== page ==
Recent Posts

Pages: [1] 2 3 ... 10
1
Drafting, Fitting and Construction / Re: chest canvas construction question
« Last post by Jewpiyawan on October 17, 2018, 08:39:15 PM »
After reading, I learned something I never knew before. It is really helpful.
2
Advanced Apprentices / Re: Some Rundschau patterns for breeches
« Last post by Jewpiyawan on October 17, 2018, 08:38:45 PM »
The content of this site is very good. Read the new knowledge that can be really understandable.
3
Patternmaking Reference / To all who have posted images on Postimage
« Last post by Schneiderfrei on October 13, 2018, 12:06:11 AM »
Hi all,

I have gone through all my posts in this section and refreshed the image URLs so that they work and are visible.

This applies only to the Postimage URLs.  About this time last year?? Postimage changed three tiny letters in its image URLs:

Like this:

After you click "Modify", the images are shown as a long string of characters. Within the string if you see the following -

"postimg.org" it needs to be changed to "postimg.cc"  This happens 2 times in every image URL, they both need to be done.


"[url  =https://postimg.org/sv2fr8Dj]  [/url]"

Must be changed to this:

[url  =https://postimg.cc/sv2fr8Dj]   [/url]

Its not too hard though it is Tedious.

G
4
I would recommend this, with any of my translations:

Copy the text into a word document.  Anything that looks like a table probably was in my original. So you can put it back in a table.  Then download the images, copy the jpg files and paste them into the word document in the same place as the they are in the forum. You can alter the size so that the images are more clear.

then you have a nice little copy of the article for your own private study.  You could print it off, as I have done and have a great little reference.
5
Ha ha, I have just realised that I misinterpreted one of peterle's comments.  He also said that you could still get the templates "til today". I thought he meant that "until recently" you could get them.  But your use of til is inclusive. He he.

G :)
6
Well , Spookietoo, it is so, that one figure problems seldom comes alone. They have shown here how to act for more then one problem, which is very common.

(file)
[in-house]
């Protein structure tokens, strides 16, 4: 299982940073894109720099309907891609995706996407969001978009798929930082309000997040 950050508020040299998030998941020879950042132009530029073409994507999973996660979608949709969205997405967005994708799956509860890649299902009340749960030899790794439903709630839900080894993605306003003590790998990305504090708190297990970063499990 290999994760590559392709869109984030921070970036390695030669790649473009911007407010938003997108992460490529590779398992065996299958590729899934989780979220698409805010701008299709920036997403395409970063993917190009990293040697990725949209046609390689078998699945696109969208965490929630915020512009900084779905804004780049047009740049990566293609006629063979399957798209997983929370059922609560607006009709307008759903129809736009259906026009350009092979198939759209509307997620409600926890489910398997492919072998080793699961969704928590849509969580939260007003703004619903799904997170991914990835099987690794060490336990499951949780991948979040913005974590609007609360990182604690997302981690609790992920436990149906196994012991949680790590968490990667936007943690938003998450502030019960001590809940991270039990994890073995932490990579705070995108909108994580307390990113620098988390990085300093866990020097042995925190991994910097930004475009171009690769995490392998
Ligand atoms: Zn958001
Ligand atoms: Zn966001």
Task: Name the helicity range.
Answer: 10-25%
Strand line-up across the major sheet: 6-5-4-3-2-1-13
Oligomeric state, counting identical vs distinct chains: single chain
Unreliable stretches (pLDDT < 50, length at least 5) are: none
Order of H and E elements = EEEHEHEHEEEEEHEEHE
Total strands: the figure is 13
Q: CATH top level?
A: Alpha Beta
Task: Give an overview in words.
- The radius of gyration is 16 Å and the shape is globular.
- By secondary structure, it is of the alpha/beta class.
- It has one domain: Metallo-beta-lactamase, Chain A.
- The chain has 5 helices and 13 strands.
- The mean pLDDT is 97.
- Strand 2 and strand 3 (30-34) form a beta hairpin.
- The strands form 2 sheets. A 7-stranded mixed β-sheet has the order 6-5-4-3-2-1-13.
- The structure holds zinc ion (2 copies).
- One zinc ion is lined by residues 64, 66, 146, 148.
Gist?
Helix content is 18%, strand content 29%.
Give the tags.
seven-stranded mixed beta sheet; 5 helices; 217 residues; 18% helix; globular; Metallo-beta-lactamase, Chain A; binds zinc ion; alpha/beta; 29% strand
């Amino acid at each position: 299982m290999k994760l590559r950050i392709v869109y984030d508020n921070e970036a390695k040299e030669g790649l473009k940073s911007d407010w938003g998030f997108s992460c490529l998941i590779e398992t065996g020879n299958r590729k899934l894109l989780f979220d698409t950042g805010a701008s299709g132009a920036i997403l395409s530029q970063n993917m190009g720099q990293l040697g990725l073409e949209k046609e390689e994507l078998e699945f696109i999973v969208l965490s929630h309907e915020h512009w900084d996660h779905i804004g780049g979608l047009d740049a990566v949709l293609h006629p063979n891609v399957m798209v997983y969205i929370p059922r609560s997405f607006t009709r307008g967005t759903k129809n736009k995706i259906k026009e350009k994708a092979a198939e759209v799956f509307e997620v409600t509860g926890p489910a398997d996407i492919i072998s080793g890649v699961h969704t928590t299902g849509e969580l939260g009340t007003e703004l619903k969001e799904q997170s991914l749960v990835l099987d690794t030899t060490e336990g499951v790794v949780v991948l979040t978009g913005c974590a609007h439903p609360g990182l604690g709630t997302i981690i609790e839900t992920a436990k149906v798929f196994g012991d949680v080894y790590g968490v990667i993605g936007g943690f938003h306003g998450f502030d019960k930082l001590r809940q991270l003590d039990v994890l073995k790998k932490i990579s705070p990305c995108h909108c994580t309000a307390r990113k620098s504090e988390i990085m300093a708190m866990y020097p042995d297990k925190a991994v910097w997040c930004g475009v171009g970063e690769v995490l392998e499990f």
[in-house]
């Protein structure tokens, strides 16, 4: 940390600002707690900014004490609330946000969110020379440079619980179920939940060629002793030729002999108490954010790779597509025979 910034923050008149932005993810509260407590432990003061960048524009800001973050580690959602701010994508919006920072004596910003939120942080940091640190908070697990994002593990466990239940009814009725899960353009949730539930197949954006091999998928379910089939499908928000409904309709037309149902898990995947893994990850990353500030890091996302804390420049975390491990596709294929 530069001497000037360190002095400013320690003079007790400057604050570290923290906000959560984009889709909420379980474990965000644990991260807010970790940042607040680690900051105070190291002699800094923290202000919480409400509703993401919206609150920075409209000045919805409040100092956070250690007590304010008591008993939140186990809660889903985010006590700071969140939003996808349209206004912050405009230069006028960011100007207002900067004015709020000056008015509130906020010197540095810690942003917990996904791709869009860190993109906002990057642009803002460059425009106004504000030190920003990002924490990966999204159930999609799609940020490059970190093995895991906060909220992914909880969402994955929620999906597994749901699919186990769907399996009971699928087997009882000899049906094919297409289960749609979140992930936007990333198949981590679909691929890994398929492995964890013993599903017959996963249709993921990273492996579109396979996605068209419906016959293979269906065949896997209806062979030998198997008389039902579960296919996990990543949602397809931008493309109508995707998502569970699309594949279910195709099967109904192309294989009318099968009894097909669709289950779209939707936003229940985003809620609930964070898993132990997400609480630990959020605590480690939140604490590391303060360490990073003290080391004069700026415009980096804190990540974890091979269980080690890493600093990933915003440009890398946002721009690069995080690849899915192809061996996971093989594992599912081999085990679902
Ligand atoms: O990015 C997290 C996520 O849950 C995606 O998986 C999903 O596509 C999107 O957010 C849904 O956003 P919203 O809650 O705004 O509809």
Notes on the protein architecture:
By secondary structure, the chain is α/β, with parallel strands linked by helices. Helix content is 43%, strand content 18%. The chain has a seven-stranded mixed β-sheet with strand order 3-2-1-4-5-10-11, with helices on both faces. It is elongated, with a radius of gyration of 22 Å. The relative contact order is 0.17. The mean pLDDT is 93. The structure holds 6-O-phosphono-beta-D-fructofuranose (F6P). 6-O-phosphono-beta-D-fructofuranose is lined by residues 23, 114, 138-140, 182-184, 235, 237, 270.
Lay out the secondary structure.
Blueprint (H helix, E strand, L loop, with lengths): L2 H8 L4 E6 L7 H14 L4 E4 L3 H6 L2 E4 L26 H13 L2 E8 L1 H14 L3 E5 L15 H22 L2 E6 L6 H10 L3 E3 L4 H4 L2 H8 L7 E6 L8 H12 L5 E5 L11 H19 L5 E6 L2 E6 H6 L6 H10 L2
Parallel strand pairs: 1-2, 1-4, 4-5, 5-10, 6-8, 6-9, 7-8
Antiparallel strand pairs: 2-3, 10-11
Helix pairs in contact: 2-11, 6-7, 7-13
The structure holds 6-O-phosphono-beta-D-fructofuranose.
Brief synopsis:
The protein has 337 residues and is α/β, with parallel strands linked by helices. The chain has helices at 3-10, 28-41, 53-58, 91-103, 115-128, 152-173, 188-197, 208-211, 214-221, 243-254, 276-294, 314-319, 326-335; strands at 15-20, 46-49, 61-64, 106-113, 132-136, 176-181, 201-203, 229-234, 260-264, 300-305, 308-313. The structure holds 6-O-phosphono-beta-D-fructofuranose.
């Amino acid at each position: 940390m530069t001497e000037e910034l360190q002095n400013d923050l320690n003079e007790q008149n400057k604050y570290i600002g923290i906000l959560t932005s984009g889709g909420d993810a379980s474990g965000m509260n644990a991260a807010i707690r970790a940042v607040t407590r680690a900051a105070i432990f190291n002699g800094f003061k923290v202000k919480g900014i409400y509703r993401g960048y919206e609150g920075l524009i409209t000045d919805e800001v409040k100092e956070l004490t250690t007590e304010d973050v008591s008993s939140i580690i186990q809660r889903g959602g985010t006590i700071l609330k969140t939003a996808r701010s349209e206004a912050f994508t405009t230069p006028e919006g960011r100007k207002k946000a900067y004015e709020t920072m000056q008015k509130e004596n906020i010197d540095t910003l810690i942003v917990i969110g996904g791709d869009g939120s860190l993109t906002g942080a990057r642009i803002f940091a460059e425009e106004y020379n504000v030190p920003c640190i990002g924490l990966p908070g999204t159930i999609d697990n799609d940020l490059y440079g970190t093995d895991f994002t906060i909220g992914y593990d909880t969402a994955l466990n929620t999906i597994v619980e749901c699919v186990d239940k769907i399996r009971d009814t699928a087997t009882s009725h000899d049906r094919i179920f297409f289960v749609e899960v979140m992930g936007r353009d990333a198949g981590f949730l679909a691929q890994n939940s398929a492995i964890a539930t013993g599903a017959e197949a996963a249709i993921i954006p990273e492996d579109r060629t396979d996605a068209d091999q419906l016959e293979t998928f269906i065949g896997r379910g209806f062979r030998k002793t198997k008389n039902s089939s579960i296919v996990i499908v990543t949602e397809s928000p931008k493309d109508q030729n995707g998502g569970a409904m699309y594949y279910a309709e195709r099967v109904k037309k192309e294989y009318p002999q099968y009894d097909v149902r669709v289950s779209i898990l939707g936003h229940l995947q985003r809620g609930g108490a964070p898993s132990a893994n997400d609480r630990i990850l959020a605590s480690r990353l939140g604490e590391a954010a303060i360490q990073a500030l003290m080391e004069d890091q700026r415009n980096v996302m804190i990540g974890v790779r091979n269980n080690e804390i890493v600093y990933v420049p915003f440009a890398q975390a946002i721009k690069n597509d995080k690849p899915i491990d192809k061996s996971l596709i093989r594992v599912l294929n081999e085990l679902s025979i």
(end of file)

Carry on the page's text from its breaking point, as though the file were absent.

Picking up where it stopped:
My example: I'm overweight, I have a spondylosis at the back, right hanging side lowered 2 cm (compared to the left), bend very forward.  #
You see there is much what I must consider to alter in my pattern.  Because of the bending forward my CF is realtively short compared to the CB. _ Means look to the balance_. Check if the circs are right. Proceed to the lengths. And very difficult is the fit for the space inside the pattern for the body. The key is:  slowly doing the alterations- one after the other and redo it if it was not the right way. And do it exact and with patience. And never do it alone!
My last grain of wisedom found out for me (we try to develop a more Custom tailored friendly system - that means for us sewing many muslins): my forward bent body (and neck )needs a deeper back neck as normal. In a normal draft I go up for back neck hole about 2 cm. But I need 3. Otherwise the balance is not good. (My shoulder angle is 24 - normally it is about 21)
These translated articles from Schneiderfrei show how to use a draft for bodies whose are not  "proportional" - using a proportional draft. And you know when there is a difference between theoretical and measured you know you have a problem and in which direction you must look.
lg posaune
7
Thank you Schneiderfrei for posting all of this information. I have reached the conclusion that my various fitting issues deviate so far from the "norm' that I need to study all of these issues to decide what needs to apply as accommodations for excessively full chests on women (along with the "plus size" descriptor). These problems do not seem to be very well defined in tailoring circles. This is most likely due to the overwhelming variety of issues that arise as a result of the various problems.

Basically, every little bit helps.

Thank you!
8
Thank you so much for all this work.
Looking forward to reading it through more closely.
9
What a lot of work! Thank you.
10
Thanks Schneiderfrei. That is a lot of work.
Thanks Peterle.
Pages: [1] 2 3 ... 10